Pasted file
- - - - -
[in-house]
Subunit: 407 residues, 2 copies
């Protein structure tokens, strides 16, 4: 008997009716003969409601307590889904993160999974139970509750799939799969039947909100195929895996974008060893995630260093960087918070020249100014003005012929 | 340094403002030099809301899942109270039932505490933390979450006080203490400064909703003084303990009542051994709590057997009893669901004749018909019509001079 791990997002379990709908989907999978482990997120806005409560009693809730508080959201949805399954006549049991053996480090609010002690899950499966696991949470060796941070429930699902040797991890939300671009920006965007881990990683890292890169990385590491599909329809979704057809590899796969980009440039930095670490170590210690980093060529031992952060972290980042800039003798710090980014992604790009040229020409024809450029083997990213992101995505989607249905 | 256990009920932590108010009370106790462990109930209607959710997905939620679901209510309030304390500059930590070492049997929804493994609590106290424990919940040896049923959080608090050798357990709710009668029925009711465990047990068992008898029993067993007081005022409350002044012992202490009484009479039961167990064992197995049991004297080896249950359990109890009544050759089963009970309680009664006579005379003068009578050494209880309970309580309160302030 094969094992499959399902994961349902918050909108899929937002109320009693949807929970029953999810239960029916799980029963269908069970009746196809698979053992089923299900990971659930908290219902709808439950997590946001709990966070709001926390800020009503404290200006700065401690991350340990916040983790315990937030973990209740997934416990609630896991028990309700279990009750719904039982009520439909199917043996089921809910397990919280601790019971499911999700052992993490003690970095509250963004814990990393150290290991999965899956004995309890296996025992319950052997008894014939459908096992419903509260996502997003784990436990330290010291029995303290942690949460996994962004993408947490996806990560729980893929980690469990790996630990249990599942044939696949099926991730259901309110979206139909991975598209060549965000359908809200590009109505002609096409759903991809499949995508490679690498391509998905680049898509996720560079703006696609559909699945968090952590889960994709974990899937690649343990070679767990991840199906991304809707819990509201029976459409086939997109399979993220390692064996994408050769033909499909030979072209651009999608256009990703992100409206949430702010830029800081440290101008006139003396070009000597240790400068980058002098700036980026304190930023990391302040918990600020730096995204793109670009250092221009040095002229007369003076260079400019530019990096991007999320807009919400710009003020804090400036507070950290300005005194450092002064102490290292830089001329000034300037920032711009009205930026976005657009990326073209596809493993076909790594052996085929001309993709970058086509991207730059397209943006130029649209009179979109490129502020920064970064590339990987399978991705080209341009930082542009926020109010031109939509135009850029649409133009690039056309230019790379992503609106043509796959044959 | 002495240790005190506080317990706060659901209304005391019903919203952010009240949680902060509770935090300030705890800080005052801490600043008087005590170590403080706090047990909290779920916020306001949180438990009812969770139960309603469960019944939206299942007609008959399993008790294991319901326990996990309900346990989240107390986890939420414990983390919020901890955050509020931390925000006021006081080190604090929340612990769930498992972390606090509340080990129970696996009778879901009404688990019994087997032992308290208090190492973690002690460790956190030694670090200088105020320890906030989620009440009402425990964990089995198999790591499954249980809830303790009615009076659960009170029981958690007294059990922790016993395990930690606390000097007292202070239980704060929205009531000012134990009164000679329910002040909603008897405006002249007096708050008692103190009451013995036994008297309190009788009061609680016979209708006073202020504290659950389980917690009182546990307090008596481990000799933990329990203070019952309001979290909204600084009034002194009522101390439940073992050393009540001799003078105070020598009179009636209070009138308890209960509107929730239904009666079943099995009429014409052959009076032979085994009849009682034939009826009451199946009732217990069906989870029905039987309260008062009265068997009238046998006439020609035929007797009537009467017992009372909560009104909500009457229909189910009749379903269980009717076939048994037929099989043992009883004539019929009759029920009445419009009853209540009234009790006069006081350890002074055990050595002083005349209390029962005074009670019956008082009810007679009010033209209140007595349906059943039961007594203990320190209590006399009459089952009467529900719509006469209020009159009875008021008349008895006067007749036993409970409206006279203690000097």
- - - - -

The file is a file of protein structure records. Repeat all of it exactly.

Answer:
[in-house]
Subunit: 407 residues, 2 copies
């Protein structure tokens, strides 16, 4: 008997009716003969409601307590889904993160999974139970509750799939799969039947909100195929895996974008060893995630260093960087918070020249100014003005012929 | 340094403002030099809301899942109270039932505490933390979450006080203490400064909703003084303990009542051994709590057997009893669901004749018909019509001079 791990997002379990709908989907999978482990997120806005409560009693809730508080959201949805399954006549049991053996480090609010002690899950499966696991949470060796941070429930699902040797991890939300671009920006965007881990990683890292890169990385590491599909329809979704057809590899796969980009440039930095670490170590210690980093060529031992952060972290980042800039003798710090980014992604790009040229020409024809450029083997990213992101995505989607249905 | 256990009920932590108010009370106790462990109930209607959710997905939620679901209510309030304390500059930590070492049997929804493994609590106290424990919940040896049923959080608090050798357990709710009668029925009711465990047990068992008898029993067993007081005022409350002044012992202490009484009479039961167990064992197995049991004297080896249950359990109890009544050759089963009970309680009664006579005379003068009578050494209880309970309580309160302030 094969094992499959399902994961349902918050909108899929937002109320009693949807929970029953999810239960029916799980029963269908069970009746196809698979053992089923299900990971659930908290219902709808439950997590946001709990966070709001926390800020009503404290200006700065401690991350340990916040983790315990937030973990209740997934416990609630896991028990309700279990009750719904039982009520439909199917043996089921809910397990919280601790019971499911999700052992993490003690970095509250963004814990990393150290290991999965899956004995309890296996025992319950052997008894014939459908096992419903509260996502997003784990436990330290010291029995303290942690949460996994962004993408947490996806990560729980893929980690469990790996630990249990599942044939696949099926991730259901309110979206139909991975598209060549965000359908809200590009109505002609096409759903991809499949995508490679690498391509998905680049898509996720560079703006696609559909699945968090952590889960994709974990899937690649343990070679767990991840199906991304809707819990509201029976459409086939997109399979993220390692064996994408050769033909499909030979072209651009999608256009990703992100409206949430702010830029800081440290101008006139003396070009000597240790400068980058002098700036980026304190930023990391302040918990600020730096995204793109670009250092221009040095002229007369003076260079400019530019990096991007999320807009919400710009003020804090400036507070950290300005005194450092002064102490290292830089001329000034300037920032711009009205930026976005657009990326073209596809493993076909790594052996085929001309993709970058086509991207730059397209943006130029649209009179979109490129502020920064970064590339990987399978991705080209341009930082542009926020109010031109939509135009850029649409133009690039056309230019790379992503609106043509796959044959 | 002495240790005190506080317990706060659901209304005391019903919203952010009240949680902060509770935090300030705890800080005052801490600043008087005590170590403080706090047990909290779920916020306001949180438990009812969770139960309603469960019944939206299942007609008959399993008790294991319901326990996990309900346990989240107390986890939420414990983390919020901890955050509020931390925000006021006081080190604090929340612990769930498992972390606090509340080990129970696996009778879901009404688990019994087997032992308290208090190492973690002690460790956190030694670090200088105020320890906030989620009440009402425990964990089995198999790591499954249980809830303790009615009076659960009170029981958690007294059990922790016993395990930690606390000097007292202070239980704060929205009531000012134990009164000679329910002040909603008897405006002249007096708050008692103190009451013995036994008297309190009788009061609680016979209708006073202020504290659950389980917690009182546990307090008596481990000799933990329990203070019952309001979290909204600084009034002194009522101390439940073992050393009540001799003078105070020598009179009636209070009138308890209960509107929730239904009666079943099995009429014409052959009076032979085994009849009682034939009826009451199946009732217990069906989870029905039987309260008062009265068997009238046998006439020609035929007797009537009467017992009372909560009104909500009457229909189910009749379903269980009717076939048994037929099989043992009883004539019929009759029920009445419009009853209540009234009790006069006081350890002074055990050595002083005349209390029962005074009670019956008082009810007679009010033209209140007595349906059943039961007594203990320190209590006399009459089952009467529900719509006469209020009159009875008021008349008895006067007749036993409970409206006279203690000097």